Planning your Basement Remodel

Remodeling your Basement will not only give you a relaxing space to spend time with family and friends, but it can also increase the value of your home. Just like any home renovation project, designing the perfect Basement is a process that requires careful thought and planning. 

This guide will walk you through every step of the process, from the visual planning to the hands-on labor, to help ensure you don’t overlook anything while planning your Basement Remodel project. Let’s get started:


Step 1: Evaluate your space

Before you can think about the placement of decorative items, paint colors, or flooring, you need to take a few moments to evaluate your existing space. Think of the elements you want in your basement and where you want them. Do you want to make it into a man cave? Will it be a game room? Think about how you would want yourself and others to use this space.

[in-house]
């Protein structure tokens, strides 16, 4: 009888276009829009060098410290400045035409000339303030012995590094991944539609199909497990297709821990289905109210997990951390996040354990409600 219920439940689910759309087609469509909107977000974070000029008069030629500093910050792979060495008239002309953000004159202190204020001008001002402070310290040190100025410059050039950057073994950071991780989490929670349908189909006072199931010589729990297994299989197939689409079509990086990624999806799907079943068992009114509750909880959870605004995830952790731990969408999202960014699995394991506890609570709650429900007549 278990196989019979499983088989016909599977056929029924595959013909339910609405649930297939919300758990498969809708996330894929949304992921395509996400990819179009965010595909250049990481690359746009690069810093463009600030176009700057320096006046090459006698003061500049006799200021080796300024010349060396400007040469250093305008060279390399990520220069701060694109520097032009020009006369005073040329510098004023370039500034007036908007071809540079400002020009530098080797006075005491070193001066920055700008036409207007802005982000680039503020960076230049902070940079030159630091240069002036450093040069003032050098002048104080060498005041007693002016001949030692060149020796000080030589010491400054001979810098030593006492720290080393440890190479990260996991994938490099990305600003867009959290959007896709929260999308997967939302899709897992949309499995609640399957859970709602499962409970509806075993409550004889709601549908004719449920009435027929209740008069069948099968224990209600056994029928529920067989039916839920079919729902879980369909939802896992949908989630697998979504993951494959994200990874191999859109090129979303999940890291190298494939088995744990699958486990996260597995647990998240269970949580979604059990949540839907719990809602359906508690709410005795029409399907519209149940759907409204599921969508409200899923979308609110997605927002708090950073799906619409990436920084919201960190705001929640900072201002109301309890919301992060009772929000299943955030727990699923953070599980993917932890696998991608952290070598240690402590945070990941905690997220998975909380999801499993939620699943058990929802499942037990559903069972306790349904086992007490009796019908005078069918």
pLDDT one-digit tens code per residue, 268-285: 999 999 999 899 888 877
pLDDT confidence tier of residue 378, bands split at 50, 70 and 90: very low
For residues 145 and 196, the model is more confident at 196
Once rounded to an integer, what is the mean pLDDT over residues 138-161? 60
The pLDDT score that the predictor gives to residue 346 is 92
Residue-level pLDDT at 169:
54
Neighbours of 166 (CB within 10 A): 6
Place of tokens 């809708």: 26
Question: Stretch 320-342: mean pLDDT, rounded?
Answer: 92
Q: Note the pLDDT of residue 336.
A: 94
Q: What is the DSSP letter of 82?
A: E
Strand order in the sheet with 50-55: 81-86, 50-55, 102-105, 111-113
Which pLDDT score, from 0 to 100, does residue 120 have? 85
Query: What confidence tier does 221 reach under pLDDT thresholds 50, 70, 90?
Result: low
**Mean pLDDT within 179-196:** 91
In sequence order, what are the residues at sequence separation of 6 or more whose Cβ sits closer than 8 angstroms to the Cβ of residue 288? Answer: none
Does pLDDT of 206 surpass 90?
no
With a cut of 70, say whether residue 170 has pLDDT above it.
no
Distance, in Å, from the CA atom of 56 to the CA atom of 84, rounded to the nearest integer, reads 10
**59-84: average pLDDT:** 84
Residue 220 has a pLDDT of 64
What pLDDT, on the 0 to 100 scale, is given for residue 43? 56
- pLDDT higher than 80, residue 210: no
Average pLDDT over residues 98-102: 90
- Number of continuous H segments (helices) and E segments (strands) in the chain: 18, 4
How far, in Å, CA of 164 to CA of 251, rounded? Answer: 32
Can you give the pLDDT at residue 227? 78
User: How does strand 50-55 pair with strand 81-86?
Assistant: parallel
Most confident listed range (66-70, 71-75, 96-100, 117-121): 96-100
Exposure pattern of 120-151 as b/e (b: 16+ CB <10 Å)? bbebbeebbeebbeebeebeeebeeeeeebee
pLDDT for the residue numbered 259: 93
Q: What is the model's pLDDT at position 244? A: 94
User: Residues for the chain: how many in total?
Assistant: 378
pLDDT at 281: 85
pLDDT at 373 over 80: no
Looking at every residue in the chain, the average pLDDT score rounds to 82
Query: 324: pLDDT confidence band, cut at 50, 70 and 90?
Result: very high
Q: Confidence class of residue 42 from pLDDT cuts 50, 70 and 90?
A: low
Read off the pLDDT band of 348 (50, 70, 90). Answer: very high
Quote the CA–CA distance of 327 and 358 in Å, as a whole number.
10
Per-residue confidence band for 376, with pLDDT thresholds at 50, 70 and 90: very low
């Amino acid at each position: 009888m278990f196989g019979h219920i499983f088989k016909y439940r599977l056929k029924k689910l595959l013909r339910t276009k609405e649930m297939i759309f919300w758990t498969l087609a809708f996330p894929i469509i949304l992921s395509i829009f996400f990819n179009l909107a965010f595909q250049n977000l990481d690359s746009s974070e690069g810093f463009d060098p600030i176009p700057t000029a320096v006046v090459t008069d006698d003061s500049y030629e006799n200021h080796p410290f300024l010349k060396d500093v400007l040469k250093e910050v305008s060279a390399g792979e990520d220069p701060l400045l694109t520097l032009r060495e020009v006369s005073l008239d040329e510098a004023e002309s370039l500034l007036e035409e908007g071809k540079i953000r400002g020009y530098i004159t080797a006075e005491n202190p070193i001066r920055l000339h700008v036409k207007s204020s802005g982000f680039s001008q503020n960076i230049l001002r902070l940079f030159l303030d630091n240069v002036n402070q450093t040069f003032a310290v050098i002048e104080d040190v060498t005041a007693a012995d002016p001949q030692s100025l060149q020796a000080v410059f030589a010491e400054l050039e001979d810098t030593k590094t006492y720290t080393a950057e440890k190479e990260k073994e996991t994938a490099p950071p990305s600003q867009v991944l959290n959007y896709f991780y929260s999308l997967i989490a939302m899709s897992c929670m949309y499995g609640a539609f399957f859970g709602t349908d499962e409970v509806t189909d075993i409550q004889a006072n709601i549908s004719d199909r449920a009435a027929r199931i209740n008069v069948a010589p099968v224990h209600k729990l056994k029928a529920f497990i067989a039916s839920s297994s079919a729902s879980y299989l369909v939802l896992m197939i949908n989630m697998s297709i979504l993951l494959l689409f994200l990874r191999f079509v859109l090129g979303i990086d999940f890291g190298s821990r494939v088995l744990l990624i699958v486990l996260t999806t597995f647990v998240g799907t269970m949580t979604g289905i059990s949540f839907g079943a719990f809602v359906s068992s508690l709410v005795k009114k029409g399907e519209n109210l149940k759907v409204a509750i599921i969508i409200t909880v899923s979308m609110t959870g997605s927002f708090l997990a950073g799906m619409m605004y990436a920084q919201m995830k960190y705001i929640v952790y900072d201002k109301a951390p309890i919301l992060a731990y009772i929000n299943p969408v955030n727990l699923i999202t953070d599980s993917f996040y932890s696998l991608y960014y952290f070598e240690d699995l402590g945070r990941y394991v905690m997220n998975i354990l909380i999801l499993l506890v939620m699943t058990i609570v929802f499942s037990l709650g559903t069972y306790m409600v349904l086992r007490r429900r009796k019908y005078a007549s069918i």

Next, look over the items that you want to keep, you have to keep, and the items you want to donate or throw away. It may feel unnecessary, but it will save you a lot of headaches once the construction aspect of the project begins. 

Keep in mind the items that you will have to keep, no matter how much space they may take. These items include the heater/AC unit and associated ductwork, water heater, well pump, sump pump and pit, electrical panel and wiring, pipes, support columns, and beams. 

It’s important to remember while these items will still need to be part of your Basement, you may be able to move them to a new location during the construction process. Just be sure to work with a professional to make sure you choose a logical and realistic location if you decide to move these items. 

For example, you’ll need to account for minimum space requirements and for fresh air intake for heaters. Check with your local code officials and establish these requirements for all your units before finalizing your floor plan. 

Now that you have visualized your space and checked over items you’ll either keep or remove, you can move on to the next step of your Basement Remodel process.

Step 2: Beams and columns

The next step is to evaluate the fixed items in your Basement. These are items that can’t be moved and thus need to be incorporated into your planning. Home builders aren’t concerned with a basement’s feng shui when placing support beams and columns. But, that doesn’t mean you can’t make them look nice.